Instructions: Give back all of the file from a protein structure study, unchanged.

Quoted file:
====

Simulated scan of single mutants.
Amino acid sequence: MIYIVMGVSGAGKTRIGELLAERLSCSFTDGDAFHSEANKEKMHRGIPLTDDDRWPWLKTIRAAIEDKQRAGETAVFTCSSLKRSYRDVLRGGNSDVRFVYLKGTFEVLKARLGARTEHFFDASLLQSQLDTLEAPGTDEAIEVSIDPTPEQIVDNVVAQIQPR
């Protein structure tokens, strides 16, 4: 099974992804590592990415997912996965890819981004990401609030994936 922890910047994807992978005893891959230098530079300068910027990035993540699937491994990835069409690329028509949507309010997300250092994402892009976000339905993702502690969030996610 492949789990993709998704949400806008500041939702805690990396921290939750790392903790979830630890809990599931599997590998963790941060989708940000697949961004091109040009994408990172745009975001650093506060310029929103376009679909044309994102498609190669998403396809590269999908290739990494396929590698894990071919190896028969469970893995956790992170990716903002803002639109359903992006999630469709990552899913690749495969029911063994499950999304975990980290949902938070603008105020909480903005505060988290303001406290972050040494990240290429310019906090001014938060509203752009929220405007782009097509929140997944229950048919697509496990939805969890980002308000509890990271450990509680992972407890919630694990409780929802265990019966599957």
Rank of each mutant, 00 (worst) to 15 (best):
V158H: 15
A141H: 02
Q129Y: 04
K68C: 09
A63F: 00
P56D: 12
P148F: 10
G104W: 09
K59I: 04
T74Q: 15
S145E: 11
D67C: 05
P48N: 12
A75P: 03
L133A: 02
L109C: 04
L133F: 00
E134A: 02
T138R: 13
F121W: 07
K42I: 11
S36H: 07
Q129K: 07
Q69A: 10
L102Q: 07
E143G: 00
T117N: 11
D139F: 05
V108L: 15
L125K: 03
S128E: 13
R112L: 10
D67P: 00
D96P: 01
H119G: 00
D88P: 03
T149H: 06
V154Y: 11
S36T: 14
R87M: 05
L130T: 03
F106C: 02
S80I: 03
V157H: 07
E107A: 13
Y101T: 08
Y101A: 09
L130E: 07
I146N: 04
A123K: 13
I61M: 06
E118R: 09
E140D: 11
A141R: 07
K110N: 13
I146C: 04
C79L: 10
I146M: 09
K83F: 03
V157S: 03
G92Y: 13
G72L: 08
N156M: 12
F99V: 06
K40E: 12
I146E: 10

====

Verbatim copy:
Simulated scan of single mutants.
Amino acid sequence: MIYIVMGVSGAGKTRIGELLAERLSCSFTDGDAFHSEANKEKMHRGIPLTDDDRWPWLKTIRAAIEDKQRAGETAVFTCSSLKRSYRDVLRGGNSDVRFVYLKGTFEVLKARLGARTEHFFDASLLQSQLDTLEAPGTDEAIEVSIDPTPEQIVDNVVAQIQPR
């Protein structure tokens, strides 16, 4: 099974992804590592990415997912996965890819981004990401609030994936 922890910047994807992978005893891959230098530079300068910027990035993540699937491994990835069409690329028509949507309010997300250092994402892009976000339905993702502690969030996610 492949789990993709998704949400806008500041939702805690990396921290939750790392903790979830630890809990599931599997590998963790941060989708940000697949961004091109040009994408990172745009975001650093506060310029929103376009679909044309994102498609190669998403396809590269999908290739990494396929590698894990071919190896028969469970893995956790992170990716903002803002639109359903992006999630469709990552899913690749495969029911063994499950999304975990980290949902938070603008105020909480903005505060988290303001406290972050040494990240290429310019906090001014938060509203752009929220405007782009097509929140997944229950048919697509496990939805969890980002308000509890990271450990509680992972407890919630694990409780929802265990019966599957």
Rank of each mutant, 00 (worst) to 15 (best):
V158H: 15
A141H: 02
Q129Y: 04
K68C: 09
A63F: 00
P56D: 12
P148F: 10
G104W: 09
K59I: 04
T74Q: 15
S145E: 11
D67C: 05
P48N: 12
A75P: 03
L133A: 02
L109C: 04
L133F: 00
E134A: 02
T138R: 13
F121W: 07
K42I: 11
S36H: 07
Q129K: 07
Q69A: 10
L102Q: 07
E143G: 00
T117N: 11
D139F: 05
V108L: 15
L125K: 03
S128E: 13
R112L: 10
D67P: 00
D96P: 01
H119G: 00
D88P: 03
T149H: 06
V154Y: 11
S36T: 14
R87M: 05
L130T: 03
F106C: 02
S80I: 03
V157H: 07
E107A: 13
Y101T: 08
Y101A: 09
L130E: 07
I146N: 04
A123K: 13
I61M: 06
E118R: 09
E140D: 11
A141R: 07
K110N: 13
I146C: 04
C79L: 10
I146M: 09
K83F: 03
V157S: 03
G92Y: 13
G72L: 08
N156M: 12
F99V: 06
K40E: 12
I146E: 10